Ah to be young again. AutoGuide’s nationally recognized, board-certified Oracles remember their youth vividly… it was terrible. People often say age is just a number and you’re only as old as you feel, unfortunately they were born wearing elastic-waist jeans and Science Olympiad fanny packs. Gingivitis arrived when they were in middle school.
AutoGuide News Blog
The AutoGuide News Blog is your source for breaking stories from the auto industry. Delivering news immediately, the AutoGuide Blog is constantly updated with the latest information, photos and video from manufacturers, auto shows, the aftermarket and professional racing.
Front-wheel drive dominates today’s automotive landscape, powering everything from subcompact hatchbacks to full-size SUVs. However, it wasn’t always this way. Back in the day rear-wheel drive was king, but over the last 30-odd years carmakers have made a dramatic shift from back to front. Why the flip-flop? No, they weren’t impersonating John Kerry; in reality, they didn’t have a choice.
Buick is the latest brand to leave a breadcrumb trail for its future products by filing for a tradermark on May 3 to cover its Riviera moniker. While that doesn’t prove anything on its own, the company isn’t known for flippantly filing for trademarks on the off chance they might one day come true.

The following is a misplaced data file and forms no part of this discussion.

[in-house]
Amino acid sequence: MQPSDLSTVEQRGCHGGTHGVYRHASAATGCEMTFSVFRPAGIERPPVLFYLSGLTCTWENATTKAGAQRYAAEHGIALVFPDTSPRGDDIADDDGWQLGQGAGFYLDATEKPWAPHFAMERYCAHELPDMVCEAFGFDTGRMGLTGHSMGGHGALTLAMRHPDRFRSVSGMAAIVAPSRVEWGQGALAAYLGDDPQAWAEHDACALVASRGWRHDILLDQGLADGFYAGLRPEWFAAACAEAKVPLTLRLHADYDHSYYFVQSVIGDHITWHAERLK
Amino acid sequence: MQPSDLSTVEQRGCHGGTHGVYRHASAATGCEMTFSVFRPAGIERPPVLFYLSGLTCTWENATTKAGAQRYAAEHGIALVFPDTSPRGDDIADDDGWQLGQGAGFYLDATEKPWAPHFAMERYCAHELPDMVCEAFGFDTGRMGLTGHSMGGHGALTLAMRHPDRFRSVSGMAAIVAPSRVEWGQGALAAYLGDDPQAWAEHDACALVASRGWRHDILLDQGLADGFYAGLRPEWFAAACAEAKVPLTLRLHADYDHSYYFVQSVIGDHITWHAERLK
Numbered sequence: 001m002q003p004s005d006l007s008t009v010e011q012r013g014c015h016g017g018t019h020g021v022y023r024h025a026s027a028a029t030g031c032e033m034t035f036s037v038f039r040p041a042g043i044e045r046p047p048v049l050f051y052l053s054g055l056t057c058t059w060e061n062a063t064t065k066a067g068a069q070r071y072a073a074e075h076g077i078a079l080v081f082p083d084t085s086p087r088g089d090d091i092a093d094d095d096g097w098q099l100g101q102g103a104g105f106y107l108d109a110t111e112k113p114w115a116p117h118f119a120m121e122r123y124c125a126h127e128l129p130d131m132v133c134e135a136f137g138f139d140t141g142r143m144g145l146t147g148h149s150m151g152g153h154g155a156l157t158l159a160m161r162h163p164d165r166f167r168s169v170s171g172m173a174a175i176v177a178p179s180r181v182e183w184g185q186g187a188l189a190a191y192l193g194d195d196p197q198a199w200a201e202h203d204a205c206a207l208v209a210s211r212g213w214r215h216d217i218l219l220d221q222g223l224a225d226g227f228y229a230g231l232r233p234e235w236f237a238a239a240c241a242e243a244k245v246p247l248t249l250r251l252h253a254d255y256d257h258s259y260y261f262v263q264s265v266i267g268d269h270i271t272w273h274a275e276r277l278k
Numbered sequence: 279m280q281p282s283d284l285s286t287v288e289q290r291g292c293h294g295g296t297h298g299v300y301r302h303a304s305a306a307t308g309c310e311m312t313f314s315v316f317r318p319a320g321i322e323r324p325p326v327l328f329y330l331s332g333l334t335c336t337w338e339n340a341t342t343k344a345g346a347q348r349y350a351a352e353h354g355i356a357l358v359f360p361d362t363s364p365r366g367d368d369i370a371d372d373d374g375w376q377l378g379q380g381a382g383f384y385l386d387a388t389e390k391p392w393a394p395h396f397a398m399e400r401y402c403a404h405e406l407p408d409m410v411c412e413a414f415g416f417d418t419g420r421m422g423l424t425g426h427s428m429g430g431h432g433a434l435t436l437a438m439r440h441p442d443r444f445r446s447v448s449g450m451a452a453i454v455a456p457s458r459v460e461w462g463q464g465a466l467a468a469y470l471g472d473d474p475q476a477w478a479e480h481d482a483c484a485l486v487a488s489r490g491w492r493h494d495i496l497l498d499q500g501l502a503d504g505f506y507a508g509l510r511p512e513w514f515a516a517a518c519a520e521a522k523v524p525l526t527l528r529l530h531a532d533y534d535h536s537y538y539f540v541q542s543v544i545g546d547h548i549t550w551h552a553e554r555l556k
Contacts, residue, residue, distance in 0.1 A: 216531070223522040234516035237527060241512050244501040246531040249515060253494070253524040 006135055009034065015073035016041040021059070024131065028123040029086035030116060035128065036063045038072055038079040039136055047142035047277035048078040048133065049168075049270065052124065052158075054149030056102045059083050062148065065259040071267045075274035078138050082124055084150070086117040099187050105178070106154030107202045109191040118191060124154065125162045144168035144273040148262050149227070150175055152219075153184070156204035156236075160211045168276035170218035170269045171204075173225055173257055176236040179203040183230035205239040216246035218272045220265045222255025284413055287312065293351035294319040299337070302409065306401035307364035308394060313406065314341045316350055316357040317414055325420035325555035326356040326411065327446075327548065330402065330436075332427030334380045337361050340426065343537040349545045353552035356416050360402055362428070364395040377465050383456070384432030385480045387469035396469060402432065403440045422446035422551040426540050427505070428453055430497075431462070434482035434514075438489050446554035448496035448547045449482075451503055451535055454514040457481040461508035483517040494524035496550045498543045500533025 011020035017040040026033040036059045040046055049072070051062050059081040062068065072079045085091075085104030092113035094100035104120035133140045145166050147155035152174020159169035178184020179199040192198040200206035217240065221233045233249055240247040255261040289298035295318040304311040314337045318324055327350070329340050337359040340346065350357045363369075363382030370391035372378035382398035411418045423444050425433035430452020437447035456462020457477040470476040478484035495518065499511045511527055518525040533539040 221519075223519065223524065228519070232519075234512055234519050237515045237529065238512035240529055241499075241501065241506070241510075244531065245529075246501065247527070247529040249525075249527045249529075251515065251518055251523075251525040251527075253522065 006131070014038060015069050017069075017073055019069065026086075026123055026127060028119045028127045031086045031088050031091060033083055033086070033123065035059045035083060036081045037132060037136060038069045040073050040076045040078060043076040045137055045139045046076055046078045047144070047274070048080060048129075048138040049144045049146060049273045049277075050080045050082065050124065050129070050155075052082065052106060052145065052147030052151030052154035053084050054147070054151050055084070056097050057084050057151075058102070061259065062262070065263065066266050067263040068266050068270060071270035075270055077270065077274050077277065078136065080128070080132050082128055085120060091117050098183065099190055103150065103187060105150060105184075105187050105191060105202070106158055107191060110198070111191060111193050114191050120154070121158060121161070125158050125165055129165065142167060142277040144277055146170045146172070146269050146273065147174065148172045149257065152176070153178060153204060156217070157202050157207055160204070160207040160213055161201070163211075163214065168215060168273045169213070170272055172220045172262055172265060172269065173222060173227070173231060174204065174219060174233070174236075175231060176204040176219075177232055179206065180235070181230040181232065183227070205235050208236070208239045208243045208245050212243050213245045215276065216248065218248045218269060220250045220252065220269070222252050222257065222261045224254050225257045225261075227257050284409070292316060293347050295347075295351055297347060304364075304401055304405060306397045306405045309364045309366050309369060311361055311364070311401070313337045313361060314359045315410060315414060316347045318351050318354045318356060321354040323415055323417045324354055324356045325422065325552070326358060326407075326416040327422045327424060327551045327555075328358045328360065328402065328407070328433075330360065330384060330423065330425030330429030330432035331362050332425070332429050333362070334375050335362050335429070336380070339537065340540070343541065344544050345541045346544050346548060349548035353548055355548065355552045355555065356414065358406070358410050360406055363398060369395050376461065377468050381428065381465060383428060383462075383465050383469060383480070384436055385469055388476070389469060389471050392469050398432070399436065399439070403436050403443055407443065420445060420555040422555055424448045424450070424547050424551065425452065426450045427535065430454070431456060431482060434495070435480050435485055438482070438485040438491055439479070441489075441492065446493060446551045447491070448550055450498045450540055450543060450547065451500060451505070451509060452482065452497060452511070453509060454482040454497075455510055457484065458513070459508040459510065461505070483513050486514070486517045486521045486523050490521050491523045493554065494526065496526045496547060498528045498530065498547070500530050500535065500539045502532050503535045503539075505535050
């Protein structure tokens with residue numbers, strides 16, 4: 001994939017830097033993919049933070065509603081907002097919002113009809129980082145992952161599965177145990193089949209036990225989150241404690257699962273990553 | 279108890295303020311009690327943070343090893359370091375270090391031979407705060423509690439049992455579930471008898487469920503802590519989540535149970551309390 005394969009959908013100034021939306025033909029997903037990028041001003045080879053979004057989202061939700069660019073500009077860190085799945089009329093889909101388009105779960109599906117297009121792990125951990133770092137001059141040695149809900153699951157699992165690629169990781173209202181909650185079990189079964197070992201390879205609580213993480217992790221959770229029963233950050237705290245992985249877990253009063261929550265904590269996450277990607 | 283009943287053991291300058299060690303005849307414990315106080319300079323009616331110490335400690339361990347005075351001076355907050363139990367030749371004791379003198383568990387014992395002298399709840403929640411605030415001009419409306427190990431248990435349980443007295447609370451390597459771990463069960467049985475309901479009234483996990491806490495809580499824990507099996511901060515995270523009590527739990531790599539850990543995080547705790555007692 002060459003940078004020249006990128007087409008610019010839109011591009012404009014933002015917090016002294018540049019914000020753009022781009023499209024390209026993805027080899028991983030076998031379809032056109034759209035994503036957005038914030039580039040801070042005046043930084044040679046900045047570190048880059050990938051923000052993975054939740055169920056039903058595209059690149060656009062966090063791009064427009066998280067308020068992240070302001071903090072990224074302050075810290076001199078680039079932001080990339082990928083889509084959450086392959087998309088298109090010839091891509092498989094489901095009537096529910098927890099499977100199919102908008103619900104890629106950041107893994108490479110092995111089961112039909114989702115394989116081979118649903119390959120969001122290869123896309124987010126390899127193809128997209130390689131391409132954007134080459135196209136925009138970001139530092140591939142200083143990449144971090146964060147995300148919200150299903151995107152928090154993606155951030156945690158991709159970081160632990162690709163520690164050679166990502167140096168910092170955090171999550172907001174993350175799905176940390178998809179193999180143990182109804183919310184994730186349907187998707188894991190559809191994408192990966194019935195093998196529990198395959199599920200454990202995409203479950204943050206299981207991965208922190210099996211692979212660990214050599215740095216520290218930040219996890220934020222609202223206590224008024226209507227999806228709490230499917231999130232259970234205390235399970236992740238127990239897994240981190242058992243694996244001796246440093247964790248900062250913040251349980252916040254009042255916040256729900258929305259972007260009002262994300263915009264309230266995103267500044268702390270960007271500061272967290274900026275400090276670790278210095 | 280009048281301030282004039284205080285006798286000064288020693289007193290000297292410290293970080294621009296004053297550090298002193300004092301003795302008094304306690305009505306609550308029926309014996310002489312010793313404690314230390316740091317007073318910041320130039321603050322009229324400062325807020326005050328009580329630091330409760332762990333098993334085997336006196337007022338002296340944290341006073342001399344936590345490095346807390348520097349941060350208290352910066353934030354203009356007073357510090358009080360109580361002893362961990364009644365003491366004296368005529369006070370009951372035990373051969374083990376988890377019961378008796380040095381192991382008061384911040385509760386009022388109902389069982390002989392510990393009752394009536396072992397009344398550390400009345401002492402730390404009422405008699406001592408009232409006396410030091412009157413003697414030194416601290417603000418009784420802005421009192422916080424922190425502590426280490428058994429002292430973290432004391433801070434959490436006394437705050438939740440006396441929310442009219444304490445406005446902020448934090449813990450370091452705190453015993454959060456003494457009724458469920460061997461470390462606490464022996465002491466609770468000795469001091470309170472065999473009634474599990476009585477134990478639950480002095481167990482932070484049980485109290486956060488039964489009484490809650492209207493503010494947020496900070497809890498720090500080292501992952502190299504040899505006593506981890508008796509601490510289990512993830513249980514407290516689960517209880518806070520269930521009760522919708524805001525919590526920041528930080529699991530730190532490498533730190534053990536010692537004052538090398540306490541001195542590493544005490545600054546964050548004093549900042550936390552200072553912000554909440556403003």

Say it ain’t so, Bavaria! The Motoren Werke is finally abandoning their RWD-only stance, and will introduce a FWD compact BMW by 2015.
BMW has famously prided itself on its rearward motivation, but in an effort to give consumers “greater choice,” they are experimenting with all sorts of vehicles and propulsion systems: electric cars, hybrids, diesels, and 12-cylinder engines. And in the shuffle comes this revelation from BMW North America’s CEO Jim O’Donnell: a volume car at the bottom end will be FWD, and still proudly wear the propeller badge.
A contradiction? To enthusiasts, perhaps. But this is an effort for BMW to raise their corporate miles per gallon, and to provide consumers with that all-important choice: it would allow BMW to compete with the Mercedes A-Class, in the premium compact car segment that’s booming in Europe but still seems bizarre to American markets (as BMW 318ti drivers can attest). And if this choice contradicts the existence of the Mini Cooper, then so be it.